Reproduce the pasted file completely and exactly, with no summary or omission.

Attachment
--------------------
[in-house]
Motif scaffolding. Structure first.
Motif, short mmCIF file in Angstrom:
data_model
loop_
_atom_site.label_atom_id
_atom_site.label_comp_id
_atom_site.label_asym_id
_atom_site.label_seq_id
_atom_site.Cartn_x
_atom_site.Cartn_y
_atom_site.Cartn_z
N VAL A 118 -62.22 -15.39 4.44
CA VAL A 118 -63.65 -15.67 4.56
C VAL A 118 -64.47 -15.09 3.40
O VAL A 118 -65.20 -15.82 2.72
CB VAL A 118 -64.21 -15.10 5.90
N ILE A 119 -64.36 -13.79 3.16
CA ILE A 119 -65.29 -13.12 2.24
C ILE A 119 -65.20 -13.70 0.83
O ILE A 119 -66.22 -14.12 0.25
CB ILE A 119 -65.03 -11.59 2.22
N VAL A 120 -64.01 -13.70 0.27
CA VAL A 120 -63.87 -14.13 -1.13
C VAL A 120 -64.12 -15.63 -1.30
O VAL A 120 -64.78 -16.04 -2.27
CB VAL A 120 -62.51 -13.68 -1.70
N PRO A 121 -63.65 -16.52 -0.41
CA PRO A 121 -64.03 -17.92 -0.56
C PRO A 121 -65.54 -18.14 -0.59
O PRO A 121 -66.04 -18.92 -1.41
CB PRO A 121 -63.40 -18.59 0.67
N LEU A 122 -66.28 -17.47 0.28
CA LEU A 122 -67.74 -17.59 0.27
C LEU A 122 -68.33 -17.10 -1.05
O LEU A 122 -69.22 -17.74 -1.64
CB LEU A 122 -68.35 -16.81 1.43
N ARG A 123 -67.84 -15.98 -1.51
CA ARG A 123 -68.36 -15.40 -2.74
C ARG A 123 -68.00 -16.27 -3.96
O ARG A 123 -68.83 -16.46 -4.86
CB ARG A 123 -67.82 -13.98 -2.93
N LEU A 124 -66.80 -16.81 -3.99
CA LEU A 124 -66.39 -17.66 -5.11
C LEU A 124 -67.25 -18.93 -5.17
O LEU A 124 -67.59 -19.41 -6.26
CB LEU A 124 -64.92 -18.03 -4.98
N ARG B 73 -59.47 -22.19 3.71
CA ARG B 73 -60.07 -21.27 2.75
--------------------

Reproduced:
[in-house]
Motif scaffolding. Structure first.
Motif, short mmCIF file in Angstrom:
data_model
loop_
_atom_site.label_atom_id
_atom_site.label_comp_id
_atom_site.label_asym_id
_atom_site.label_seq_id
_atom_site.Cartn_x
_atom_site.Cartn_y
_atom_site.Cartn_z
N VAL A 118 -62.22 -15.39 4.44
CA VAL A 118 -63.65 -15.67 4.56
C VAL A 118 -64.47 -15.09 3.40
O VAL A 118 -65.20 -15.82 2.72
CB VAL A 118 -64.21 -15.10 5.90
N ILE A 119 -64.36 -13.79 3.16
CA ILE A 119 -65.29 -13.12 2.24
C ILE A 119 -65.20 -13.70 0.83
O ILE A 119 -66.22 -14.12 0.25
CB ILE A 119 -65.03 -11.59 2.22
N VAL A 120 -64.01 -13.70 0.27
CA VAL A 120 -63.87 -14.13 -1.13
C VAL A 120 -64.12 -15.63 -1.30
O VAL A 120 -64.78 -16.04 -2.27
CB VAL A 120 -62.51 -13.68 -1.70
N PRO A 121 -63.65 -16.52 -0.41
CA PRO A 121 -64.03 -17.92 -0.56
C PRO A 121 -65.54 -18.14 -0.59
O PRO A 121 -66.04 -18.92 -1.41
CB PRO A 121 -63.40 -18.59 0.67
N LEU A 122 -66.28 -17.47 0.28
CA LEU A 122 -67.74 -17.59 0.27
C LEU A 122 -68.33 -17.10 -1.05
O LEU A 122 -69.22 -17.74 -1.64
CB LEU A 122 -68.35 -16.81 1.43
N ARG A 123 -67.84 -15.98 -1.51
CA ARG A 123 -68.36 -15.40 -2.74
C ARG A 123 -68.00 -16.27 -3.96
O ARG A 123 -68.83 -16.46 -4.86
CB ARG A 123 -67.82 -13.98 -2.93
N LEU A 124 -66.80 -16.81 -3.99
CA LEU A 124 -66.39 -17.66 -5.11
C LEU A 124 -67.25 -18.93 -5.17
O LEU A 124 -67.59 -19.41 -6.26
CB LEU A 124 -64.92 -18.03 -4.98
N ARG B 73 -59.47 -22.19 3.71
CA ARG B 73 -60.07 -21.27 2.75